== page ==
A.J.’s the type of guy Madea usually pulls her pistol on in these movies, but this time, she saves all her venom for her usual cronies Hattie (Patrice Lovely), Aunt Bam (Cassi Davis) and her brother Joe (Tyler Perry). They are also at the hotel when Anthony’s affair is discovered, viewing him donned in S&M gear and full arousal. (Hattie’s reaction to this is shockingly dirty.) Madea tries to keep this secret from Vianne, but her crew can’t keep quiet. Madea resorts to slapping the hell out of them whenever their mouths get too busy, going so far as to knock the dentures out of Joe’s mouth and force Hattie to utter words that guarantee a PG-13 if not an R. I should be ashamed of myself, but I laughed my ass off every time she hit somebody.
As if he weren’t doing enough onscreen already, Perry plays another character named Heathrow. Heathrow is in a wheelchair, has lost both his legs and needs an artificial voice box to speak due to his throat cancer. Heathrow also has half a jHeri curl and all the activator-related messiness that comes with it. This is the most lowbrow character Perry has given us, and your mileage may vary on whether you find him offensive. I found him completely extraneous, but I did laugh when Madea said the vibrations from his voice could give her an orgasm. I know, I know. Bad Odie. But if you were expecting polite humor, you’re in the wrong theater.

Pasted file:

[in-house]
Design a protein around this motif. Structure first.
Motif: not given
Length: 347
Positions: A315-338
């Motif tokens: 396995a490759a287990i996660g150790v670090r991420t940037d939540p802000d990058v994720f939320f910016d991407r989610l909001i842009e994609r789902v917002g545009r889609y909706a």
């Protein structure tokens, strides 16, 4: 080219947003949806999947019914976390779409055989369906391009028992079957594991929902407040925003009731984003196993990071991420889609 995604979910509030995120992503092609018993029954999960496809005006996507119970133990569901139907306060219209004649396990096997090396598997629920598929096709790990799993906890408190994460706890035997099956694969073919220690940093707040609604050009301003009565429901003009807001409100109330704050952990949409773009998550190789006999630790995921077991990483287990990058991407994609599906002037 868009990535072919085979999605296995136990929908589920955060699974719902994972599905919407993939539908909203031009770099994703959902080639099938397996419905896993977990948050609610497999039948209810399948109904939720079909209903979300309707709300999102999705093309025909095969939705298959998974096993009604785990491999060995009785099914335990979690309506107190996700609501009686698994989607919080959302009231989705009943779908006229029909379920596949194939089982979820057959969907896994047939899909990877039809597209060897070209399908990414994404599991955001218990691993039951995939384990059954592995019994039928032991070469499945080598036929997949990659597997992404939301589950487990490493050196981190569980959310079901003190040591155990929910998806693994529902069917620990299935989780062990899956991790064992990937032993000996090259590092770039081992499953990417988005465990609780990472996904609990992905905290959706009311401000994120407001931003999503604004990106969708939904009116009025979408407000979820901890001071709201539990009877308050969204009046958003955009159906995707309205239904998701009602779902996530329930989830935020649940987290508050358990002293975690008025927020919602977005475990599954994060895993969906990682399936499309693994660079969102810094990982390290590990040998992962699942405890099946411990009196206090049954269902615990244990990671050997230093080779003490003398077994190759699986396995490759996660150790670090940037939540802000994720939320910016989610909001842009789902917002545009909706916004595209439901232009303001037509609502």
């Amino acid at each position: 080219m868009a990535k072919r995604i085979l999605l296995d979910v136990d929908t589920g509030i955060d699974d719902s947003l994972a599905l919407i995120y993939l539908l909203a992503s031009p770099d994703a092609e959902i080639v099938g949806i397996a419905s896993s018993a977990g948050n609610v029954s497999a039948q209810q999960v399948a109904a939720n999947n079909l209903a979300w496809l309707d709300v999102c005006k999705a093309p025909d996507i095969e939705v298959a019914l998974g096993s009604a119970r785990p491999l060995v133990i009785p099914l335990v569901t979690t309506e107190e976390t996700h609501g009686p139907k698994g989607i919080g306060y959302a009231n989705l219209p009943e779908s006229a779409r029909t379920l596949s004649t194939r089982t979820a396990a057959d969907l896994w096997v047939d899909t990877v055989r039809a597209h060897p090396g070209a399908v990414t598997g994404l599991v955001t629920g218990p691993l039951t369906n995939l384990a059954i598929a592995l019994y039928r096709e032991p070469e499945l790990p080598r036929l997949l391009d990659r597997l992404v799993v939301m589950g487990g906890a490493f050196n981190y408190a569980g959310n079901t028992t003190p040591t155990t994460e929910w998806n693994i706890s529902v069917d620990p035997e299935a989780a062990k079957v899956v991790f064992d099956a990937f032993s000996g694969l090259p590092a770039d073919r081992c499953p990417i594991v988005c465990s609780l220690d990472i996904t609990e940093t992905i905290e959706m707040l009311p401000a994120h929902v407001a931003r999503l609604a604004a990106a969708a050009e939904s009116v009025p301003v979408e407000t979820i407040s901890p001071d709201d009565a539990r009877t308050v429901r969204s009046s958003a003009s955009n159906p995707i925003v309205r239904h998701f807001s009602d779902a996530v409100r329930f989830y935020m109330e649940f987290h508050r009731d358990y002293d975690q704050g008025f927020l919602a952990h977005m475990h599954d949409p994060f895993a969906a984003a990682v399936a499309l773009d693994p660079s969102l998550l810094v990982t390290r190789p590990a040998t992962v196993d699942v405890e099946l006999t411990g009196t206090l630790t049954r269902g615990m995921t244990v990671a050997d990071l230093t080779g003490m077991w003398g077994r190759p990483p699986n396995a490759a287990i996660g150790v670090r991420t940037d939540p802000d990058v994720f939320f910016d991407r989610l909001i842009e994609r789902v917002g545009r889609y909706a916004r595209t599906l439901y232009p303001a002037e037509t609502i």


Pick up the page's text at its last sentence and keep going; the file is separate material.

“Completely extraneous” is how I can also describe several scenes in this movie, especially one where Madea and company are stopped by the cops. It starts out promising, with the cop freaking out at a car full of Black people, but it goes nowhere and feels interminable. And that’s always been Perry’s problem. At 102 minutes, “A Madea Family Funeral” overstays its welcome. If his films clocked in at about 80 minutes, they’d play better. There’s always the feeling that his movies are spinning their wheels to make some kind of running time quota. Things that are this tasteless need to move faster.
No matter. I cop to laughing out loud numerous times, and I was captivated by Vianne’s big “what’s good for the goose” style speech at the end. If “A Madea Family Funeral” is indeed the final “Hallelu-YUHRR” for Madea, it’s not that shabby an exit. You might not miss her, but it feels like she exited the scene on her own terms. For better and for worse.